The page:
Who's Matt Smith: Why the new Doctor is a 'bit bonkers'

In the first few minutes of the new Doctor Who season premiere, "The Eleventh Hour," you get a pretty good idea you're in for something completely different with the newest and youngest incarnation of the Doctor, Matt Smith. American audiences will finally get to meet him on BBC America on Saturday at 9 p.m. ET/PT.

Smith admits he's thrilled with the opportunity he's been given to play the legendary character. "I knew that the multitudes of the character are so vast and so varied, and that's why it's probably the greatest part in British television, because there is no other character that you can be that bold and that brave and do it in your own way as much as you can with the Doctor. He's pretty off. His mind is just mad," Smith said in an exclusive interview.

We get to see exactly how "mad" he is in the premiere, when the 11th incarnation of the Time Lord has to deal with not only finishing his regeneration (from the 10th Doctor, David Tennant) but also has to save the world in 20 minutes. All that with a smashed TARDIS and a sonic screwdriver that's got issues.

Tennant and Doctor Who reviver Russell T. Davies left the series last year after several specials. In the last special, Doctor Who: The End of Time, Tennant regenerated into Smith. So for season five (or the new season one, depending on how we count it), we have a new Doctor, and the series is now being helmed by Steven Moffat. The Emmy-winning and Oscar-nominated Moffat has written some of the show's finest episodes and also won BAFTA and Hugo awards for his work on Who.

Naturally, taking over "the greatest part in British television" has its risks when it comes to reinventing the series yet again, even with the talented Moffat at your back. After all, how do you make it Doctor Who and yet different enough not to suffer by comparison to the 10 chaps who were the Doctor first?


But that's not something that worries our new young Doctor. "I mean, we've got a different writer, different human being, and so for those reasons alone it will be very different by definition," said Smith. "I try to make it sort of my Doctor, so he's a bit bonkers and hopefully his brain seems very quick and very inventive. I hope as the series progresses with the weight of time, the gravitas of the man really comes through."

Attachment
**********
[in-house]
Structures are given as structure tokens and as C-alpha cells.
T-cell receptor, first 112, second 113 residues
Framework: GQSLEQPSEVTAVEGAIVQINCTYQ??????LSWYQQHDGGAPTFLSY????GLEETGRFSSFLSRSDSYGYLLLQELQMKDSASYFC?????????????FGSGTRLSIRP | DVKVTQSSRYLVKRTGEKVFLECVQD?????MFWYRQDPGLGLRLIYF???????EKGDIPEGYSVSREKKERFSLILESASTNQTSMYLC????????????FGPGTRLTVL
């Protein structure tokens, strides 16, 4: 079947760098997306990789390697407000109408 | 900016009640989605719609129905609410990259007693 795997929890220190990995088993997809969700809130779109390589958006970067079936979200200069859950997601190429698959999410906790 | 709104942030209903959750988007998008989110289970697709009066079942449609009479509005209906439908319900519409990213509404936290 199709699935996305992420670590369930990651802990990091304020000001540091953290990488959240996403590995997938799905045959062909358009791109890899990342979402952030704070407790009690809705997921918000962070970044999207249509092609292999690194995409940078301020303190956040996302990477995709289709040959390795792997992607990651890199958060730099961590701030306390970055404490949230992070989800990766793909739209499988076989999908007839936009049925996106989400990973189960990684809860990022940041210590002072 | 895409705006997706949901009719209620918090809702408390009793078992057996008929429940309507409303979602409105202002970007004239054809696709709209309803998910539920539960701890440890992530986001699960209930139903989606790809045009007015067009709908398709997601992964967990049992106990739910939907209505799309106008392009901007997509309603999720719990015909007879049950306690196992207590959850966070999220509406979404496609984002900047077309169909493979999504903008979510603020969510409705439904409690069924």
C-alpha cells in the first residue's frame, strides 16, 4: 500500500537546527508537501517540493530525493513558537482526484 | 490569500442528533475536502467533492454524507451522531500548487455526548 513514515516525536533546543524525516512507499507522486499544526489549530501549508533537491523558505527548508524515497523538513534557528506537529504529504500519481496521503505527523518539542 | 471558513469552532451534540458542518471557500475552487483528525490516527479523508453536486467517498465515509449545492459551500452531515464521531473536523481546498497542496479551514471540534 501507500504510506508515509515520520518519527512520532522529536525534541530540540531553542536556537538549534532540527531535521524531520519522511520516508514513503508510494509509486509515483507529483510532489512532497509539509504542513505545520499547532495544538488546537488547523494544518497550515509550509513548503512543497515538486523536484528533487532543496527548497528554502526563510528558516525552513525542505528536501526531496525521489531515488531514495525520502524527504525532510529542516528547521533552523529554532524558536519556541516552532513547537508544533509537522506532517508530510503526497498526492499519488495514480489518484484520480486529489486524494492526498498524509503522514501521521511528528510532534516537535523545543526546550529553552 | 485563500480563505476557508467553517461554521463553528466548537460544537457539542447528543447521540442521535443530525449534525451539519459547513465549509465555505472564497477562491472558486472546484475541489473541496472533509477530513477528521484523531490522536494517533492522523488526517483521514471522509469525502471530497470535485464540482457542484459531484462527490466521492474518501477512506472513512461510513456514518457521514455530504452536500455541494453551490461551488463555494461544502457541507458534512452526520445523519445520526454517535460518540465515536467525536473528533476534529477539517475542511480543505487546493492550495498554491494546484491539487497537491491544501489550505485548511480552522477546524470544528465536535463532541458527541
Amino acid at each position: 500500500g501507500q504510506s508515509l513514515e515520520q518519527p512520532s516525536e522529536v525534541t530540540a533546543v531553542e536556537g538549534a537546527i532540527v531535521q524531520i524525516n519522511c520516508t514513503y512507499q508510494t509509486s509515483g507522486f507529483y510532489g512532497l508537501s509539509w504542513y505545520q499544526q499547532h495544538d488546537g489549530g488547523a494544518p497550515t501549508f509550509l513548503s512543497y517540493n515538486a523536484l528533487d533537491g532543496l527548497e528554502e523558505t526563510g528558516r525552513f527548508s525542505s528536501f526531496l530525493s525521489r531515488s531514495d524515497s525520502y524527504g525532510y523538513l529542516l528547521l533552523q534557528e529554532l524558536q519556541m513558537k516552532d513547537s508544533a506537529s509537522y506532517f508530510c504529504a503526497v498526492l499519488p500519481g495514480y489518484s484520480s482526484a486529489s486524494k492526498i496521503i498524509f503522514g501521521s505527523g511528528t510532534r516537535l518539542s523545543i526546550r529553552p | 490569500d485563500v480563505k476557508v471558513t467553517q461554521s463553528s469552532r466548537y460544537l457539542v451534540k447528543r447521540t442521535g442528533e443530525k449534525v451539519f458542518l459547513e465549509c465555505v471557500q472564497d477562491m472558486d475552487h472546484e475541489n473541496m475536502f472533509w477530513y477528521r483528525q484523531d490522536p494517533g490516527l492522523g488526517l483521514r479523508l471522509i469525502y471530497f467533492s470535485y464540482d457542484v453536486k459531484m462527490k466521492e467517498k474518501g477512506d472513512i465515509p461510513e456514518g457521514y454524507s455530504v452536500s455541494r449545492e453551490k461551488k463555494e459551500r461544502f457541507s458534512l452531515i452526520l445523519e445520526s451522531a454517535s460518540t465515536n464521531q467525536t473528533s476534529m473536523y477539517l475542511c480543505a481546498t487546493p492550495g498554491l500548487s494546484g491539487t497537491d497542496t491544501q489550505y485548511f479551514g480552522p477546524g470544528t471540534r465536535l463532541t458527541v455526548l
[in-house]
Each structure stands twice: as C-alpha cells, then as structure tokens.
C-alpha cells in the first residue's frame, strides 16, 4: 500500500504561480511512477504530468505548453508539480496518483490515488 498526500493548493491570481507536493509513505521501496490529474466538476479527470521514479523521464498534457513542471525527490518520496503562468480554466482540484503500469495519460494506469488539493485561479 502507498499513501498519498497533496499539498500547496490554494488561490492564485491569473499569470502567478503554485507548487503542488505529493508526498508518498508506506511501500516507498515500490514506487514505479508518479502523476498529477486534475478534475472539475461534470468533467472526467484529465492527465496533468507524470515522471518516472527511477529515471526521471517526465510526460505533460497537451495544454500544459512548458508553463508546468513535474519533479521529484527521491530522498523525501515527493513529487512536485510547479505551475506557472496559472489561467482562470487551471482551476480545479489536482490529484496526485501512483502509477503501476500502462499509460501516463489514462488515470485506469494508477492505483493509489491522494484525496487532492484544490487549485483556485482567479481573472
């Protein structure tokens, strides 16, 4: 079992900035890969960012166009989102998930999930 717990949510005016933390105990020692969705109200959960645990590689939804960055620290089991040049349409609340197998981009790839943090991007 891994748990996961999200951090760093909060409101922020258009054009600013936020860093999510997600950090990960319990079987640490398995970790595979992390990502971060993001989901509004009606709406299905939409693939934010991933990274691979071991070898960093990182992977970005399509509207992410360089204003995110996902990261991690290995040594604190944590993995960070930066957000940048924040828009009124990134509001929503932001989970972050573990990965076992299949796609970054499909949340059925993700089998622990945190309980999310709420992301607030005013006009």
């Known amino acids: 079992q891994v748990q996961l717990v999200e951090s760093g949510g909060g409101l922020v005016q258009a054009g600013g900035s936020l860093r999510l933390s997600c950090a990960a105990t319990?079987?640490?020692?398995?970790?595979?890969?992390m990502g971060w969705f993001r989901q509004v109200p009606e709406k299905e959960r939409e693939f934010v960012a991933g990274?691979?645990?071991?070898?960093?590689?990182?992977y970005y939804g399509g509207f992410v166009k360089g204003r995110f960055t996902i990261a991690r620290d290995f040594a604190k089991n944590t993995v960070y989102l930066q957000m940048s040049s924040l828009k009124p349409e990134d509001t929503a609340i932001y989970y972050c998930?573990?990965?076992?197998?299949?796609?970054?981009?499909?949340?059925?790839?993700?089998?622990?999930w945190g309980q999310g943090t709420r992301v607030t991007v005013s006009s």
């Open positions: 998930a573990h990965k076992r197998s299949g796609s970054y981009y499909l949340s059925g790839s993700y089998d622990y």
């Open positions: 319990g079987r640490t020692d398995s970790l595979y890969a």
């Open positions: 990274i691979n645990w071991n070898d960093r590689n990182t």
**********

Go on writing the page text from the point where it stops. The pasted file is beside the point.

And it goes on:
And luckily, the Doctor doesn't have to go it alone anymore, as Tennant's Doctor did. He's got a new companion named Amy Pond, who's played by Karen Gillan. "I think she challenges him, particularly with this incarnation. I think she is as mad as he is, and I think together they make mad pair, and he sort of feeds off of that. But he really needs her. I mean, just practically she saves his life all the time. She's a real challenge for him."

But will there be romance, the type Tennant's Doctor had with Billie Piper's Rose? "If I told you that I'd have to kill you," said Smith with a laugh. "I can't tell you, 'cause I don't want to kill you."

What he will tell us (without any death threats) is a hint of where the Doctor will take us this season. "Oh, wow, everywhere. You know, he takes you to the future. He takes you back to 15th-century Venice. We meet the Daleks. We meet the Weeping Angels. We meet the Silurians. It's really all over. We go to Provence, France, and meet Vincent van Gogh [in an episode] which was written by Richard Curtis [Blackadder]. There are many splendid, wonderful adventures to be had," he said.

Smith, an accomplished theater actor and up-and-coming television actor even before Who, confidently acknowledges that while playing the Doctor is a dream role, he doesn't think it will typecast him. "I would defy anyone to say no to it, to be honest. It is so brilliant. It allows you so much invention as an actor. It's incredible," said Smith. "I think I'm the sort of actor who can hopefully reinvent himself, and I actually think it will open more parts for me."

In the meantime, he's the Doctor, and he's got a message for you Americans. "I think it's been the best show on British television for many years now, and I mean I certainly want the people of America to get on board and understand it and, hopefully, enjoy it," he said. "I love playing the part, and I would like to do it definitely for another year, if not two. I want to take him further and further and just push into corners that he hasn't been before."

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